Indeed, owning and having religious works of art in one’s home requires space and the capacity for upkeep since many of the pieces have weathered many years.
Vicente’s handiwork started making their way into renowned and popular Catholic churches in the country primarily because “he was making art as a missionary tradition, creating something with religious statues and symbols that help people in their faith, to evangelize,” Renee says. “My lolo, he did wonderful work on the faces of each of the pieces unlike the ones you see today that are more commercial. You see there is proportion and realism.”
For those familiar with the Santo Niño de Praga in San Beda College, Mendiola and San Beda College Alabang, those are Maximo Vicente works of religious art. The main and side altar statues of Our Lady of Mount Carmel on Broadway Avenue, Quezon City are his as well. The St. Vincent de Paul church inside Adamson University is also home to a Maximo Vicente. The 10-meter giant crucifix in Trece Martires, the Virgen Milagrosa, the Sta. Luisa in San Marcelino Church, the Nuestra Señora de Candelaria in Iloilo, some statues in Assumption Convent in San Lorenzo Village, the Alfonso de Liguori Church in Magallanes, and the Minor Basilica of San Lorenzo Ruiz are all homes to a Maximo Vicente.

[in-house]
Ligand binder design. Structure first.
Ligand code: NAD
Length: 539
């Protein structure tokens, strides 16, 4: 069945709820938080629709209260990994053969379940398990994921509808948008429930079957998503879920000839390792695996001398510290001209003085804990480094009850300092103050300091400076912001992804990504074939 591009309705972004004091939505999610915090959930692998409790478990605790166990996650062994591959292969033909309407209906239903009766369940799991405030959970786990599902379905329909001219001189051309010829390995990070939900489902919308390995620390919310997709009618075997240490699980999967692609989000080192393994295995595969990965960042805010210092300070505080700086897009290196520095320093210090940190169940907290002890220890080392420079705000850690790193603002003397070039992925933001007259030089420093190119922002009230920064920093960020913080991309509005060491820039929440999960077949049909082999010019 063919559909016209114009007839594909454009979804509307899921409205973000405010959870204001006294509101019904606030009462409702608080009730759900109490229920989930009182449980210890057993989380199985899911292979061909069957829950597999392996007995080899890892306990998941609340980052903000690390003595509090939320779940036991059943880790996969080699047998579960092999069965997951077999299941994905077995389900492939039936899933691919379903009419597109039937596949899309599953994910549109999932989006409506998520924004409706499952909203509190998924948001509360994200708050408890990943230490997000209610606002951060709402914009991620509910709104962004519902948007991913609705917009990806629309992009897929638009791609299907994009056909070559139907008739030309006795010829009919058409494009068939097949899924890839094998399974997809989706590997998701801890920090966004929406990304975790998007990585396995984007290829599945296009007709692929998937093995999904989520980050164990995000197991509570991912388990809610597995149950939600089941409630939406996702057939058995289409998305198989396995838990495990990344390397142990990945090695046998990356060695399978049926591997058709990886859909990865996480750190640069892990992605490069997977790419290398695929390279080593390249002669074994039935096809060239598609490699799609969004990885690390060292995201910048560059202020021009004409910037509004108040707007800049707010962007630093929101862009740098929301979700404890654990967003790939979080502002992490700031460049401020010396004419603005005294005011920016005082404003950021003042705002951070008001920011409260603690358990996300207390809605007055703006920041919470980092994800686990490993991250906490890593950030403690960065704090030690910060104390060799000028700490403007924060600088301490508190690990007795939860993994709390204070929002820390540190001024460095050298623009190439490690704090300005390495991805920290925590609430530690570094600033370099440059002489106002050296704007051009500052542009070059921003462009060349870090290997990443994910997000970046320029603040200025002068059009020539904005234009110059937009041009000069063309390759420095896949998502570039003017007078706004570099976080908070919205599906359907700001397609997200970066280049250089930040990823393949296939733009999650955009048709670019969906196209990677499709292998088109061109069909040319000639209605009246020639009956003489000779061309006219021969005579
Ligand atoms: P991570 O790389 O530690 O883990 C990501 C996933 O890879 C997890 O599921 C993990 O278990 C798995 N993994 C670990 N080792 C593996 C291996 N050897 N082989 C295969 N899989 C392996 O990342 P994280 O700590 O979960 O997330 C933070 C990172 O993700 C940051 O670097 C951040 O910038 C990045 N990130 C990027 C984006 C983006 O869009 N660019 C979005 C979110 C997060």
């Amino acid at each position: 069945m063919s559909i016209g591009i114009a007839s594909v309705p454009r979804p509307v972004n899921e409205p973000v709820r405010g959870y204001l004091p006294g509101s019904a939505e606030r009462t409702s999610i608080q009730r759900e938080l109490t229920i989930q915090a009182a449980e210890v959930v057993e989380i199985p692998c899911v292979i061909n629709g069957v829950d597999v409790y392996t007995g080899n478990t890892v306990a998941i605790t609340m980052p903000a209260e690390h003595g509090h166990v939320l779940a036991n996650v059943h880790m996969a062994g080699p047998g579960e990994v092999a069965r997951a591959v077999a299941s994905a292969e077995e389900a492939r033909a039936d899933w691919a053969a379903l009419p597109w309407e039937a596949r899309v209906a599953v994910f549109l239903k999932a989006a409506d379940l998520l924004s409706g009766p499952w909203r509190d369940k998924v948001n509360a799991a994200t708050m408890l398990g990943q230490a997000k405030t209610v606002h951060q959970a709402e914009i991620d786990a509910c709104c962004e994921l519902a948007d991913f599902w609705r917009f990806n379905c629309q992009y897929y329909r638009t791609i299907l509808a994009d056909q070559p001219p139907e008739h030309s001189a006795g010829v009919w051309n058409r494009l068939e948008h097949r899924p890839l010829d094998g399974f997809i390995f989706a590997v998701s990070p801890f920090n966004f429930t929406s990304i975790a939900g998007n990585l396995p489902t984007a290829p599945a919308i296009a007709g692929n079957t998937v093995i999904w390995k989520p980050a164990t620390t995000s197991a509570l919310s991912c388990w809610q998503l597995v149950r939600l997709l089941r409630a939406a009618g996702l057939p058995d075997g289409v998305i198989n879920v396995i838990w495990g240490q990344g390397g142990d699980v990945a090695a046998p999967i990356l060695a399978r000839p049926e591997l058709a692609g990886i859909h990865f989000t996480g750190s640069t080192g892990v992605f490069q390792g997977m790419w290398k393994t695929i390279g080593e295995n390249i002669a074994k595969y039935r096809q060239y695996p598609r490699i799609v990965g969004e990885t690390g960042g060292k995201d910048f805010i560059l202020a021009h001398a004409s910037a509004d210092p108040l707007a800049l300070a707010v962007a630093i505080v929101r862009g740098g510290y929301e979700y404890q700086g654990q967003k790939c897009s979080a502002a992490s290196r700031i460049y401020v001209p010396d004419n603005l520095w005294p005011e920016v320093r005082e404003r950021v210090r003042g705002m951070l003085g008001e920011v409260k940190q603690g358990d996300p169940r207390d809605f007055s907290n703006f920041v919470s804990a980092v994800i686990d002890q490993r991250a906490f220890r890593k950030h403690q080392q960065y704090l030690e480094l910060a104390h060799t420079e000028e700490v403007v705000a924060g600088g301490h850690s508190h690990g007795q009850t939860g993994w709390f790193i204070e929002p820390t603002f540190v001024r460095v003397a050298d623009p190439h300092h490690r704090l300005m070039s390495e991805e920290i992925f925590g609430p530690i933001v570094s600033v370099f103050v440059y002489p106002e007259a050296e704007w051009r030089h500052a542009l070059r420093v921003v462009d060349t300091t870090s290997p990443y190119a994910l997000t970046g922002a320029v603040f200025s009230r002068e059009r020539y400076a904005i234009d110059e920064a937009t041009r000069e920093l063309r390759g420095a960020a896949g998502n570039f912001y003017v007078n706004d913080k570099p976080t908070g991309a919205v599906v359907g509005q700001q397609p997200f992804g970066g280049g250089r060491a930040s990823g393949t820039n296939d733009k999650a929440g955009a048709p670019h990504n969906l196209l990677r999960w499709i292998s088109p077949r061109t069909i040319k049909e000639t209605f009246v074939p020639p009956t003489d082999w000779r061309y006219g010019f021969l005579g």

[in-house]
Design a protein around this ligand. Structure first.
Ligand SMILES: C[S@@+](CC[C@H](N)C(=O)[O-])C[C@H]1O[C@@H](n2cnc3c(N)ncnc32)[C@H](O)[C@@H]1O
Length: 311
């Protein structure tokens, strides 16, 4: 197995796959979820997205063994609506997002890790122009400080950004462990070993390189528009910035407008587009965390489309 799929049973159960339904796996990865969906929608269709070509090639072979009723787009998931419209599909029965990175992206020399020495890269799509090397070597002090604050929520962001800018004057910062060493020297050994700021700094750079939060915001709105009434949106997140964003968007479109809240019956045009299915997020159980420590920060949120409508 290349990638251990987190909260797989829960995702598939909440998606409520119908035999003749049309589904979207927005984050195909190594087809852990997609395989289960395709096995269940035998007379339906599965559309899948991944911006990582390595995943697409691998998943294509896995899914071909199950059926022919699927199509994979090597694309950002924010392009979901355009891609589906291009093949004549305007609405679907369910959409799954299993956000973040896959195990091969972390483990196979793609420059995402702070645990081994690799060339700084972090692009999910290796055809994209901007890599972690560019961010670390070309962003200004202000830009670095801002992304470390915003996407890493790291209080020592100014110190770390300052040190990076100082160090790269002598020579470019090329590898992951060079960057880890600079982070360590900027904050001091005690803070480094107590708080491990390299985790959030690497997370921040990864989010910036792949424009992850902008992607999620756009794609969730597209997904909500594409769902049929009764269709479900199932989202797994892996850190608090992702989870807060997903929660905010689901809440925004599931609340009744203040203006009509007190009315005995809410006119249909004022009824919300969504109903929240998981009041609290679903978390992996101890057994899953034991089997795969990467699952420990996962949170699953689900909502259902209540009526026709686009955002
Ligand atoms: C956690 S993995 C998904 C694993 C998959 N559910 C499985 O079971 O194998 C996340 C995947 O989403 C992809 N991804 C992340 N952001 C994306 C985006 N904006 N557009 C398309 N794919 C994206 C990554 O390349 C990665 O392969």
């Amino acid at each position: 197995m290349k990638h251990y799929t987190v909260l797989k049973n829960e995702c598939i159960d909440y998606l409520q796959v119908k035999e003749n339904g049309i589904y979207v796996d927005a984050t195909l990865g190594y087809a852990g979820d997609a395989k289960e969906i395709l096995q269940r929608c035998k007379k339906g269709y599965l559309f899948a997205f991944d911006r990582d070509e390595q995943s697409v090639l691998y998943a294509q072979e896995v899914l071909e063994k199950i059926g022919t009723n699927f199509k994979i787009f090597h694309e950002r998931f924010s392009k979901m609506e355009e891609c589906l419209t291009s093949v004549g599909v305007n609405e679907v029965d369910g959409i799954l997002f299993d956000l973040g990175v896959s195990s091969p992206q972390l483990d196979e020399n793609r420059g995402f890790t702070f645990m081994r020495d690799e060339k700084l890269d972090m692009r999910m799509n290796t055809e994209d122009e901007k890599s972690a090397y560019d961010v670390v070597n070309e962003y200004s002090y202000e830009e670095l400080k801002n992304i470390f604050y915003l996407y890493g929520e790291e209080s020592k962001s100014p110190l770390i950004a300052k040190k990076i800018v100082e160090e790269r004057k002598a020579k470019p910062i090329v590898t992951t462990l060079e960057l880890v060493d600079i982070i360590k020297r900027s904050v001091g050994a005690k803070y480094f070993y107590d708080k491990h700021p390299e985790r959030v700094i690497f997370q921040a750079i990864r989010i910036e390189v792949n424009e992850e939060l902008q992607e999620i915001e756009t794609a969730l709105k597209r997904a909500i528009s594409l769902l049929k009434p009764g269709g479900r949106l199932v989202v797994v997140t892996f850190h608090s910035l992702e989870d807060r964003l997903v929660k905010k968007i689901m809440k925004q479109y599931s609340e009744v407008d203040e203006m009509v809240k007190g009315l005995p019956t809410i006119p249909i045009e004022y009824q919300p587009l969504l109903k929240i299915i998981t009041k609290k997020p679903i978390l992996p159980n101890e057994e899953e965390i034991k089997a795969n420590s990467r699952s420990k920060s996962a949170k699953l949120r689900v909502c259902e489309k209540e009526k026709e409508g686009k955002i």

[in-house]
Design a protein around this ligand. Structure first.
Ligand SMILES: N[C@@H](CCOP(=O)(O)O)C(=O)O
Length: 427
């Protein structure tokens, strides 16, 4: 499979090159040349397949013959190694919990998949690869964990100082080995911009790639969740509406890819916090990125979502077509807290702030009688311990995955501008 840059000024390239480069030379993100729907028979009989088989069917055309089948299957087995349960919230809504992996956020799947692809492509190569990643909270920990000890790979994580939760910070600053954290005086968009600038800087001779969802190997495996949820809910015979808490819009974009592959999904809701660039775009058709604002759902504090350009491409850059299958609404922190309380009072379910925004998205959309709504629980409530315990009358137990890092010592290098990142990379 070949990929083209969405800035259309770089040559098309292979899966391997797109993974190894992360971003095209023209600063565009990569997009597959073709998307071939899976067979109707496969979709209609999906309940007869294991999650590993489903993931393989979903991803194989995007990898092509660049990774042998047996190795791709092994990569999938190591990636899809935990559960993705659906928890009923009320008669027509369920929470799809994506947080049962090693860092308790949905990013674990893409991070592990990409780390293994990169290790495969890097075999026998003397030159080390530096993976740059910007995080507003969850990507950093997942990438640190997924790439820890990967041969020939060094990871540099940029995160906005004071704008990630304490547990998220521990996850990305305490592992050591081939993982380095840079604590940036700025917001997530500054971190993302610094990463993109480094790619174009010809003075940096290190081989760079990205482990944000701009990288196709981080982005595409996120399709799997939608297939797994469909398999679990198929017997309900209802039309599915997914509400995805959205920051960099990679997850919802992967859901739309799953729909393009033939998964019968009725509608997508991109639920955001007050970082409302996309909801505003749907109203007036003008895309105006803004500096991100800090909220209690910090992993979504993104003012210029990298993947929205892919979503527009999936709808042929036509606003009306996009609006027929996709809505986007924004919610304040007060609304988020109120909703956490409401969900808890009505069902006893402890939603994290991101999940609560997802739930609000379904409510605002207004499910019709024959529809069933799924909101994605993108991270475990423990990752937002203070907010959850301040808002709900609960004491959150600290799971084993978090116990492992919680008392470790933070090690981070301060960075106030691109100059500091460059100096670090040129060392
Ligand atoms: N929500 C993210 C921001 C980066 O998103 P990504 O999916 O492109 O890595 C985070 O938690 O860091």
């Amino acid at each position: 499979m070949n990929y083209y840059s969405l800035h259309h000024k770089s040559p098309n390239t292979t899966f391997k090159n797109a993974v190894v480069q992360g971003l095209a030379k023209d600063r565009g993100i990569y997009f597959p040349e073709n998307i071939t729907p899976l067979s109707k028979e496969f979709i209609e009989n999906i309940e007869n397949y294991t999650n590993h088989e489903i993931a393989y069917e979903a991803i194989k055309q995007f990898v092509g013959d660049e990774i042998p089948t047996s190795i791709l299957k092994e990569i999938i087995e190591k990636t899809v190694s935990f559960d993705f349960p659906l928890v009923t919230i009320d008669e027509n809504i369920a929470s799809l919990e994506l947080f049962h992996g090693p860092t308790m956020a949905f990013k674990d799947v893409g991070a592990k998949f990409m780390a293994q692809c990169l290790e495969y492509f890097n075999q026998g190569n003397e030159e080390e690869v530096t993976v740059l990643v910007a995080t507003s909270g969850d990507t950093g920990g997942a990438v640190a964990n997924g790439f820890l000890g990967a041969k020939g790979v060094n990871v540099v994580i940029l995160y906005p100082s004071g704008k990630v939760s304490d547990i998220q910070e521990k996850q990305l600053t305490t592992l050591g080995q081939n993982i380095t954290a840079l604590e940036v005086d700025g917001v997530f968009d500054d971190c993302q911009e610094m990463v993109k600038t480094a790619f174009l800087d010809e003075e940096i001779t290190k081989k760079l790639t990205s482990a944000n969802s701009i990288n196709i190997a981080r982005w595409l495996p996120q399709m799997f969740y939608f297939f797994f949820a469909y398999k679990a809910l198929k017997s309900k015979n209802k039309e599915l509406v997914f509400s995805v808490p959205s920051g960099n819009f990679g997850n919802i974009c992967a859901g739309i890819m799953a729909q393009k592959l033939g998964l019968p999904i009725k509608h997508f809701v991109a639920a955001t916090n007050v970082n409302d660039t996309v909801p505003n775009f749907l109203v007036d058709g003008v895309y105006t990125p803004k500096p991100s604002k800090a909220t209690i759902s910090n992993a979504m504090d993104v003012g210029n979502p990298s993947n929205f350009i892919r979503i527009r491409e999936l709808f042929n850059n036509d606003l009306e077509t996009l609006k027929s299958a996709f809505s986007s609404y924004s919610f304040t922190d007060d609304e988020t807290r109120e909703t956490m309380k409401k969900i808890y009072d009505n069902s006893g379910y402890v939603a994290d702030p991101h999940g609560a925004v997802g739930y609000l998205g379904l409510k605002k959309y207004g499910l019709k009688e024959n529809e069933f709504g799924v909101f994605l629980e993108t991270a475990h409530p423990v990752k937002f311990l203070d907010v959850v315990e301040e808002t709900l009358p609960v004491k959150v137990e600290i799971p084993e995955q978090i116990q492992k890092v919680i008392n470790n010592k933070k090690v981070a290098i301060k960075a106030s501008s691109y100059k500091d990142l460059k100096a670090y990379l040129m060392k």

Renee’s father, an architect who managed the Talleres after his father’s death, even presented Pope John Paul II with a Santo Niño made by the Talleres on a papal visit. In the ‘70s, then first lady Imelda Marcos also commissioned a Santo Niño for her hometown of Tolosa, Leyte.
Through the years, owning a Maximo Vicente piece has been synonymous with craftsmanship of such caliber, similar to the artisans of Europe. Making religious art has never been easy as there has to be a delicate balance between beauty and authenticity of the pieces, explains Renee.
Later dubbed as the saintmaker or santero, Vicente has undoubtedly become the most successful commercial santero of his time. For the general public, they can now start owning a piece of history with a few plaster pieces that start at P20,000 while the life-size is in the million peso range, and rightly so.
Renee remarks that each piece can be customized as part of the package especially if a prospective owner would like to make the coloring lighter, refurbish something that is old looking, or conversely age yet another piece. Authentication will be provided per piece and while Renee won’t be on hand to explain the provenance of each piece, details will be provide in the sale exhibit. Renee, who used to help out in making the embroidered clothes, the carroza or carriage that would bear the manikin in Bacolod during processions, is glad that the Talleres pieces will be available to a wider public now. From Sacred Hearts to Santo Niños, Christ the Kings, and relief work of the Last Supper and Madonna and Child, the partnership with Rustan’s allows these Talleres religious images and art to now find new homes.